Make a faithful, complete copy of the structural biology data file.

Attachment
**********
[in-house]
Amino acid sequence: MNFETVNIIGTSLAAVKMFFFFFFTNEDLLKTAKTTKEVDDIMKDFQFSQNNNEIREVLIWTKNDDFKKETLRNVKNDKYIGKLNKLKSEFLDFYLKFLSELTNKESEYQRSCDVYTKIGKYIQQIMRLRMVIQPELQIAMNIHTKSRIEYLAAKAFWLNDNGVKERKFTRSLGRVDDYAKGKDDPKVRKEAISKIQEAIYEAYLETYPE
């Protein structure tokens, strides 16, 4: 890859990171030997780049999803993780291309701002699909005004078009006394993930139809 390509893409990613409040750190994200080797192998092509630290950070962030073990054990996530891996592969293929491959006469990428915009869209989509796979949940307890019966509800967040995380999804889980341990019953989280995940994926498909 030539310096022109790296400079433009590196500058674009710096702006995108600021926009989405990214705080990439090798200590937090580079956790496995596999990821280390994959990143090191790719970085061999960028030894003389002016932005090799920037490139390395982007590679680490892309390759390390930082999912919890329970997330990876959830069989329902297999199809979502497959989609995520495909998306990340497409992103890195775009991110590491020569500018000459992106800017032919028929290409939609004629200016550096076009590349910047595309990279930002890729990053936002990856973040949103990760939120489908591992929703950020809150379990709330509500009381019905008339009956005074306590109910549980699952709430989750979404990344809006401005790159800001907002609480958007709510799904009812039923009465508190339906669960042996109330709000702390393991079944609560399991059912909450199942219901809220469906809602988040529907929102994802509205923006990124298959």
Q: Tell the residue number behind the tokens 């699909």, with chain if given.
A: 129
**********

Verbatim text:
[in-house]
Amino acid sequence: MNFETVNIIGTSLAAVKMFFFFFFTNEDLLKTAKTTKEVDDIMKDFQFSQNNNEIREVLIWTKNDDFKKETLRNVKNDKYIGKLNKLKSEFLDFYLKFLSELTNKESEYQRSCDVYTKIGKYIQQIMRLRMVIQPELQIAMNIHTKSRIEYLAAKAFWLNDNGVKERKFTRSLGRVDDYAKGKDDPKVRKEAISKIQEAIYEAYLETYPE
């Protein structure tokens, strides 16, 4: 890859990171030997780049999803993780291309701002699909005004078009006394993930139809 390509893409990613409040750190994200080797192998092509630290950070962030073990054990996530891996592969293929491959006469990428915009869209989509796979949940307890019966509800967040995380999804889980341990019953989280995940994926498909 030539310096022109790296400079433009590196500058674009710096702006995108600021926009989405990214705080990439090798200590937090580079956790496995596999990821280390994959990143090191790719970085061999960028030894003389002016932005090799920037490139390395982007590679680490892309390759390390930082999912919890329970997330990876959830069989329902297999199809979502497959989609995520495909998306990340497409992103890195775009991110590491020569500018000459992106800017032919028929290409939609004629200016550096076009590349910047595309990279930002890729990053936002990856973040949103990760939120489908591992929703950020809150379990709330509500009381019905008339009956005074306590109910549980699952709430989750979404990344809006401005790159800001907002609480958007709510799904009812039923009465508190339906669960042996109330709000702390393991079944609560399991059912909450199942219901809220469906809602988040529907929102994802509205923006990124298959």
Q: Tell the residue number behind the tokens 């699909």, with chain if given.
A: 129